Governor Terry Branstad is asking state workers to accept a pay freeze for the next two years — and to cover more of their own health insurance costs.
Branstad’s lead negotiator in contract talks presented the pay and benefit proposal today. In mid-November AFSCME — the union that represents the largest share of state workers — launched the latest round of contract talks by asking for wage increases of one percent next year and two percent the following year.
Not only is the Republican governor asking for a two-year pay freeze, he wants employees to give up four holidays and pay 20 percent of their health insurance premiums.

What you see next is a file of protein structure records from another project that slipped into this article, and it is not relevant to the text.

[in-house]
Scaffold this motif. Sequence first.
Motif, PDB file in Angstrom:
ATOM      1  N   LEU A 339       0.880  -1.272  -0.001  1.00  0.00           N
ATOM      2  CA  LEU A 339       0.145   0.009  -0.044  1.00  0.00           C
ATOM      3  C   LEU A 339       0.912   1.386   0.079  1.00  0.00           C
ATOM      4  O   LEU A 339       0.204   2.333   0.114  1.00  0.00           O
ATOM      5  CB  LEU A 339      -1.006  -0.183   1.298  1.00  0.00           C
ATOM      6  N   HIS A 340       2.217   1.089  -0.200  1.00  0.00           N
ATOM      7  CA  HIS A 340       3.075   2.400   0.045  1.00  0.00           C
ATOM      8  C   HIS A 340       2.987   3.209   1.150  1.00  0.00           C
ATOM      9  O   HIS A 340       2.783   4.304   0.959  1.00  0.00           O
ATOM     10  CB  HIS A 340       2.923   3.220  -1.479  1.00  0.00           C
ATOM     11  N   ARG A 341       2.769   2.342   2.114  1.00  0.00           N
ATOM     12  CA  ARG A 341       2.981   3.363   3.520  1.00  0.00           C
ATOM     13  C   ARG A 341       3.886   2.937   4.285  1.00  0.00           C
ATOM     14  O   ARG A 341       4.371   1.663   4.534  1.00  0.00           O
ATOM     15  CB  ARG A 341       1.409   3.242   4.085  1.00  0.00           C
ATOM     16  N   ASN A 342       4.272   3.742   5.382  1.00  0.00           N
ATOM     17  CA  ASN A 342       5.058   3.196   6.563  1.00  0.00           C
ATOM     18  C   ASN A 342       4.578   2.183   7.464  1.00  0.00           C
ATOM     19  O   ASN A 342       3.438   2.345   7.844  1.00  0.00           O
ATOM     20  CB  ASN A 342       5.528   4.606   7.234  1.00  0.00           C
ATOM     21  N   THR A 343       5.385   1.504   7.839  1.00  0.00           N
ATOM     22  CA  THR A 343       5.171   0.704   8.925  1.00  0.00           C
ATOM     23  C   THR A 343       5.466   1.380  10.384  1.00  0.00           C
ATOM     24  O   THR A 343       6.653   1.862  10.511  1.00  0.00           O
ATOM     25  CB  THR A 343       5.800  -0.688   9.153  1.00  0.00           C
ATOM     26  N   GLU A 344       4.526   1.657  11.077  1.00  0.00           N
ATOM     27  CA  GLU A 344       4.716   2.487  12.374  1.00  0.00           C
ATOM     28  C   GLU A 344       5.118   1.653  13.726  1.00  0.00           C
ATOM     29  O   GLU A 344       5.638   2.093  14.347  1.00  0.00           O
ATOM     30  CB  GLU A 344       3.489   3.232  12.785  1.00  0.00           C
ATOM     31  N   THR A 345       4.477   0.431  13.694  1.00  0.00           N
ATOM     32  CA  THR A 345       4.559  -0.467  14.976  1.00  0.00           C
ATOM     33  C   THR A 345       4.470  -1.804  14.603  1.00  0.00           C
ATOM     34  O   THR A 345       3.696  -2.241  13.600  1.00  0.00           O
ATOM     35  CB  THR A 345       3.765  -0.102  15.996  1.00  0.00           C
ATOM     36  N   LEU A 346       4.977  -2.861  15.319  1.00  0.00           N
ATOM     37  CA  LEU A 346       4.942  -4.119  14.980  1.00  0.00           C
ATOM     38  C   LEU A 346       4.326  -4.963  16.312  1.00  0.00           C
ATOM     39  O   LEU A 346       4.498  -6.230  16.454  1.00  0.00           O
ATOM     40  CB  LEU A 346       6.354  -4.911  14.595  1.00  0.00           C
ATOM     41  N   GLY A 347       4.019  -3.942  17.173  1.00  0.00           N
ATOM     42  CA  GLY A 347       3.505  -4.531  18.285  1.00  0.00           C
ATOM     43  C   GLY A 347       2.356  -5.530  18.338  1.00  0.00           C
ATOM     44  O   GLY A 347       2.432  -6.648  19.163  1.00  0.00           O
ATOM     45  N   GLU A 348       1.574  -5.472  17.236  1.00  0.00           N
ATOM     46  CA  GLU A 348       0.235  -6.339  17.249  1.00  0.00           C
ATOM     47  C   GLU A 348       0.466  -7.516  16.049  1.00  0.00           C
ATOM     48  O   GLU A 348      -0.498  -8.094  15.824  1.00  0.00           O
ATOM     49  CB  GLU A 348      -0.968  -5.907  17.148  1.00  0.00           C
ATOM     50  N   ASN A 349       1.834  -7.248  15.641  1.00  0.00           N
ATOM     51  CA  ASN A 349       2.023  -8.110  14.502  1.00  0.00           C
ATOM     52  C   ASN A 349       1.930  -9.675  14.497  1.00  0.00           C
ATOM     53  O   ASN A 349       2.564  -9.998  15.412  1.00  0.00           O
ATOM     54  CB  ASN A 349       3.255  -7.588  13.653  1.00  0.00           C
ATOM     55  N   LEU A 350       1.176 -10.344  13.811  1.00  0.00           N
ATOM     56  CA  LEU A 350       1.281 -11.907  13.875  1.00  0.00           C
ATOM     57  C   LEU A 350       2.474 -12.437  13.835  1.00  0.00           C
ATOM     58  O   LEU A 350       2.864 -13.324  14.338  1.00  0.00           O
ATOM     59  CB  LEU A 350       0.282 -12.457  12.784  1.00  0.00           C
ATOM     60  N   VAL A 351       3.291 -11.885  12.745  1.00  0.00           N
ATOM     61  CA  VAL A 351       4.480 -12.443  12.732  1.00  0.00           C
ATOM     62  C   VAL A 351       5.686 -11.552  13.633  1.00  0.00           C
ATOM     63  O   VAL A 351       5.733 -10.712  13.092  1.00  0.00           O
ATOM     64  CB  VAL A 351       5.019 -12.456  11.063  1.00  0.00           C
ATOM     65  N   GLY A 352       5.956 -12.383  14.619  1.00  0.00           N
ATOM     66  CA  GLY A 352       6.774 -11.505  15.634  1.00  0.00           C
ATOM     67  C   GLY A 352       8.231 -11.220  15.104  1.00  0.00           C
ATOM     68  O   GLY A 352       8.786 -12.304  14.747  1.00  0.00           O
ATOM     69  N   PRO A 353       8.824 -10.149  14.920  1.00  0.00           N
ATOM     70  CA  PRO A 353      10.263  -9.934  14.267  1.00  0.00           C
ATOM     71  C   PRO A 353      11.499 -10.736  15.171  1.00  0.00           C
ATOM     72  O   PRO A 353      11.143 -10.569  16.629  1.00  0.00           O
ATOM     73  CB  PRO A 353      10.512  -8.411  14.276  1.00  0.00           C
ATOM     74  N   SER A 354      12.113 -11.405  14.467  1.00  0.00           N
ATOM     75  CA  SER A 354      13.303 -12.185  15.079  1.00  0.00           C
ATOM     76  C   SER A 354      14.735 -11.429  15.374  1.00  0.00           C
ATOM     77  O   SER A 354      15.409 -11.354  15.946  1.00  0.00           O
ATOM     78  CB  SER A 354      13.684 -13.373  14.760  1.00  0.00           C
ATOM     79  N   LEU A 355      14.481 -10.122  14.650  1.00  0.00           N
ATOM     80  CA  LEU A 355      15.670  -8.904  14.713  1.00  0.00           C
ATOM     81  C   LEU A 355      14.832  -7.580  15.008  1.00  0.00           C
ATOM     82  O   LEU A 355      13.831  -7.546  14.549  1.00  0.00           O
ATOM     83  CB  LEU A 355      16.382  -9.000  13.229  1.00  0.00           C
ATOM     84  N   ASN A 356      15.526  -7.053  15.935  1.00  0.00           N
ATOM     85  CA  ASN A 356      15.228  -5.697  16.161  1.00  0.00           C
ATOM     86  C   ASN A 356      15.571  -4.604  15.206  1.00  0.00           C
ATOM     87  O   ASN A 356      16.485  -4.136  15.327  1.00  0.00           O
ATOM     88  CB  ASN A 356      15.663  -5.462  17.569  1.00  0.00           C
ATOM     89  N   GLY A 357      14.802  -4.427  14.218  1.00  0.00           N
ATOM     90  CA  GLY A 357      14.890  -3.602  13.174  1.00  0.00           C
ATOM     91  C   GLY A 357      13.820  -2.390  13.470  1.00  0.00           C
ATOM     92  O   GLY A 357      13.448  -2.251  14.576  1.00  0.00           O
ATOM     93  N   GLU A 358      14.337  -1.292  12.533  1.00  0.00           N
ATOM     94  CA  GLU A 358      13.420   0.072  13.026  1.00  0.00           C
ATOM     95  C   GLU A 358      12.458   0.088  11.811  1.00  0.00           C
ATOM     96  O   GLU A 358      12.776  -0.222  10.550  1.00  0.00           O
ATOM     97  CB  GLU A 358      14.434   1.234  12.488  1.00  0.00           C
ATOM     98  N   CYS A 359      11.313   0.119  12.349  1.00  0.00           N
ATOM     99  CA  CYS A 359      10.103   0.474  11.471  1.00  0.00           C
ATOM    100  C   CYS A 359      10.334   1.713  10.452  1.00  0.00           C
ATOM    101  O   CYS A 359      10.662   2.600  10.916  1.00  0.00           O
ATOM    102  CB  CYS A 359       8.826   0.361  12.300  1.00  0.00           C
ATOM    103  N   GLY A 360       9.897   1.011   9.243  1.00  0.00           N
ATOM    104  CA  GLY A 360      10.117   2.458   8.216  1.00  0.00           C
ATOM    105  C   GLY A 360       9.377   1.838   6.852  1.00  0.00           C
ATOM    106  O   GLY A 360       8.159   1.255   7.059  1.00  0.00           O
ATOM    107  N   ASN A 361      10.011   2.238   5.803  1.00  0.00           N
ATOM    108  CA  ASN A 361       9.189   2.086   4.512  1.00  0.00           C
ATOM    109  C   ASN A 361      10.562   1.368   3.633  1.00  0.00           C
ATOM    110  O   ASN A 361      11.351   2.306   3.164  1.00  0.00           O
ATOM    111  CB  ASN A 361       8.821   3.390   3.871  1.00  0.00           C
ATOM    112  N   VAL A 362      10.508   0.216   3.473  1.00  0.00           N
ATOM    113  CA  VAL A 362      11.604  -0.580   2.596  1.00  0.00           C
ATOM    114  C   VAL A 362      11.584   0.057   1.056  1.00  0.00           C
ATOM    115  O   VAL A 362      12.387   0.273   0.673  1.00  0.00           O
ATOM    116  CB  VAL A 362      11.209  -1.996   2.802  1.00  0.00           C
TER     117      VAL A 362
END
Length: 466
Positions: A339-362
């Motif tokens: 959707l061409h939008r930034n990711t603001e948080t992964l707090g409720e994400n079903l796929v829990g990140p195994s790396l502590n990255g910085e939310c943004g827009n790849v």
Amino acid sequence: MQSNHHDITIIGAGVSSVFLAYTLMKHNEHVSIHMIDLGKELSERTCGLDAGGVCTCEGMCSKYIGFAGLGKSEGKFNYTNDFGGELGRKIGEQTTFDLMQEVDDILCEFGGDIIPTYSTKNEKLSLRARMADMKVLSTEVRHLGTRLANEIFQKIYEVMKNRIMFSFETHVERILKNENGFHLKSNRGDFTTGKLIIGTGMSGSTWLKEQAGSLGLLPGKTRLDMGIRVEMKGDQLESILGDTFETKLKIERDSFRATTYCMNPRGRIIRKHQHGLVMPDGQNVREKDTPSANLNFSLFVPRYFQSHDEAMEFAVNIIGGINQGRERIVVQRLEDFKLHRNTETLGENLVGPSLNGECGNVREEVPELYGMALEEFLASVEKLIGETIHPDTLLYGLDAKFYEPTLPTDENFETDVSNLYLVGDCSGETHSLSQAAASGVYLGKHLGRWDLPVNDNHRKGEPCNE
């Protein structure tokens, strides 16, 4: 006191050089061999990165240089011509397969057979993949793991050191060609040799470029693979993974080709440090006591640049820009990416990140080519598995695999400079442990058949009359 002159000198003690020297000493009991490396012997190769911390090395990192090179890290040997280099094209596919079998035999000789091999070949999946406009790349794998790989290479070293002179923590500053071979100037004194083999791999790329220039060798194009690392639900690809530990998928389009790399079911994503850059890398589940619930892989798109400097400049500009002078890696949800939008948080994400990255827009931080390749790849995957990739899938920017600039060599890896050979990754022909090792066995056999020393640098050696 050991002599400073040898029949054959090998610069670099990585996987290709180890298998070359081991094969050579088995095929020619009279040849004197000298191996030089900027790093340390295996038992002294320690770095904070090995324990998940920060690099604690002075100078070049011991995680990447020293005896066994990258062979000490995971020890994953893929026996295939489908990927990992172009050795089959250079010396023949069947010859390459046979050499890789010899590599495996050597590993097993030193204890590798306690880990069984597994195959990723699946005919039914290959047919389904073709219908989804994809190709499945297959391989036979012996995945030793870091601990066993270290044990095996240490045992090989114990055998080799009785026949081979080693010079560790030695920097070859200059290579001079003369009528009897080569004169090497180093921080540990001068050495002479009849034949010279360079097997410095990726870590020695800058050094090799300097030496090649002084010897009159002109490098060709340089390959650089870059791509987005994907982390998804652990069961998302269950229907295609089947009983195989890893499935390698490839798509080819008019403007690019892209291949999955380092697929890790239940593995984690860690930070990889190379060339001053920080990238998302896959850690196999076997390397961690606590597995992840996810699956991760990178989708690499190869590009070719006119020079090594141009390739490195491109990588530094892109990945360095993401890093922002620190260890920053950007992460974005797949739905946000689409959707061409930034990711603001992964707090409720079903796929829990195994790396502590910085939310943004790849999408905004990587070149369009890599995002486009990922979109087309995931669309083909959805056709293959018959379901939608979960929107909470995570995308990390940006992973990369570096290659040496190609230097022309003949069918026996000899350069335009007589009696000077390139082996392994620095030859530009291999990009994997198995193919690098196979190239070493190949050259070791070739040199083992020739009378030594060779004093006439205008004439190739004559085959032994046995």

The governor’s lead labor negotiator says union leaders have done “an outstanding job” in the past decade in bargaining, but he suggests state worker pay is too high and state workers have too much power when it comes to workplace grievances and “bumping rights” during layoffs. Long-time employees who’re laid off can take jobs still held by workers with less seniority. The governor is seeking changes in those areas, too.
AFSCME’s leader calls the governor’s proposal “appalling” and an attack on “basic union rights.”